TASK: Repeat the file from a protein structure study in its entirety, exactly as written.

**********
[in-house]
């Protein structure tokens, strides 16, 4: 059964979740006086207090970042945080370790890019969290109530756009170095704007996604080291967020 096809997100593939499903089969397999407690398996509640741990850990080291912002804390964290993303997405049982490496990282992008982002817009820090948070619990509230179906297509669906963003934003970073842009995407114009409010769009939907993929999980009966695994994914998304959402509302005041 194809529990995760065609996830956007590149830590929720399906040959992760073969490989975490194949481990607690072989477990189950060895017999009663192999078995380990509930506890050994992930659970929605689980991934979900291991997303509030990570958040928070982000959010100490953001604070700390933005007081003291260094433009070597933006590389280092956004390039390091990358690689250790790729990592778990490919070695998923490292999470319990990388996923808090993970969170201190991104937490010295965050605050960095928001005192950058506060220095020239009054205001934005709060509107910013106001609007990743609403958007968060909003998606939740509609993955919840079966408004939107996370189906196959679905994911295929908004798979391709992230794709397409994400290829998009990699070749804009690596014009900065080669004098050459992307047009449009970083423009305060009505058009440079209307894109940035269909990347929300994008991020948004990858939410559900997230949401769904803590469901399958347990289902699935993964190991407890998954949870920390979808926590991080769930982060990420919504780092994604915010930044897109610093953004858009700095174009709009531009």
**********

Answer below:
[in-house]
């Protein structure tokens, strides 16, 4: 059964979740006086207090970042945080370790890019969290109530756009170095704007996604080291967020 096809997100593939499903089969397999407690398996509640741990850990080291912002804390964290993303997405049982490496990282992008982002817009820090948070619990509230179906297509669906963003934003970073842009995407114009409010769009939907993929999980009966695994994914998304959402509302005041 194809529990995760065609996830956007590149830590929720399906040959992760073969490989975490194949481990607690072989477990189950060895017999009663192999078995380990509930506890050994992930659970929605689980991934979900291991997303509030990570958040928070982000959010100490953001604070700390933005007081003291260094433009070597933006590389280092956004390039390091990358690689250790790729990592778990490919070695998923490292999470319990990388996923808090993970969170201190991104937490010295965050605050960095928001005192950058506060220095020239009054205001934005709060509107910013106001609007990743609403958007968060909003998606939740509609993955919840079966408004939107996370189906196959679905994911295929908004798979391709992230794709397409994400290829998009990699070749804009690596014009900065080669004098050459992307047009449009970083423009305060009505058009440079209307894109940035269909990347929300994008991020948004990858939410559900997230949401769904803590469901399958347990289902699935993964190991407890998954949870920390979808926590991080769930982060990420919504780092994604915010930044897109610093953004858009700095174009709009531009």